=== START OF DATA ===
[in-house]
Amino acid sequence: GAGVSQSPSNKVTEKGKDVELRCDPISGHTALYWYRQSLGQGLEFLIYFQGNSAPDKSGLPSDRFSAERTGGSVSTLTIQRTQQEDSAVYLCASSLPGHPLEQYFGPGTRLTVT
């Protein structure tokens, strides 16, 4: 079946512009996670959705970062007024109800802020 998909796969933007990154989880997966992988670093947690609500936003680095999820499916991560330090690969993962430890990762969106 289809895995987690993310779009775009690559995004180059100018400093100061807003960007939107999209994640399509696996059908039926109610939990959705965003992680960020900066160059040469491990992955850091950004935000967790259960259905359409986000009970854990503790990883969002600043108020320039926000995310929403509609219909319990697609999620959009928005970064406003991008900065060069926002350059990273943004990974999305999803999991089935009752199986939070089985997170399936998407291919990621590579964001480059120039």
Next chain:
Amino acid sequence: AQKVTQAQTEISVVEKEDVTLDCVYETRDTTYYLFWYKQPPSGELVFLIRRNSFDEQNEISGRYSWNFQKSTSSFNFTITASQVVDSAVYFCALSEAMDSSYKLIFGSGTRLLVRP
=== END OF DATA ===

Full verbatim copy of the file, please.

[in-house]
Amino acid sequence: GAGVSQSPSNKVTEKGKDVELRCDPISGHTALYWYRQSLGQGLEFLIYFQGNSAPDKSGLPSDRFSAERTGGSVSTLTIQRTQQEDSAVYLCASSLPGHPLEQYFGPGTRLTVT
């Protein structure tokens, strides 16, 4: 079946512009996670959705970062007024109800802020 998909796969933007990154989880997966992988670093947690609500936003680095999820499916991560330090690969993962430890990762969106 289809895995987690993310779009775009690559995004180059100018400093100061807003960007939107999209994640399509696996059908039926109610939990959705965003992680960020900066160059040469491990992955850091950004935000967790259960259905359409986000009970854990503790990883969002600043108020320039926000995310929403509609219909319990697609999620959009928005970064406003991008900065060069926002350059990273943004990974999305999803999991089935009752199986939070089985997170399936998407291919990621590579964001480059120039």
Next chain:
Amino acid sequence: AQKVTQAQTEISVVEKEDVTLDCVYETRDTTYYLFWYKQPPSGELVFLIRRNSFDEQNEISGRYSWNFQKSTSSFNFTITASQVVDSAVYFCALSEAMDSSYKLIFGSGTRLLVRP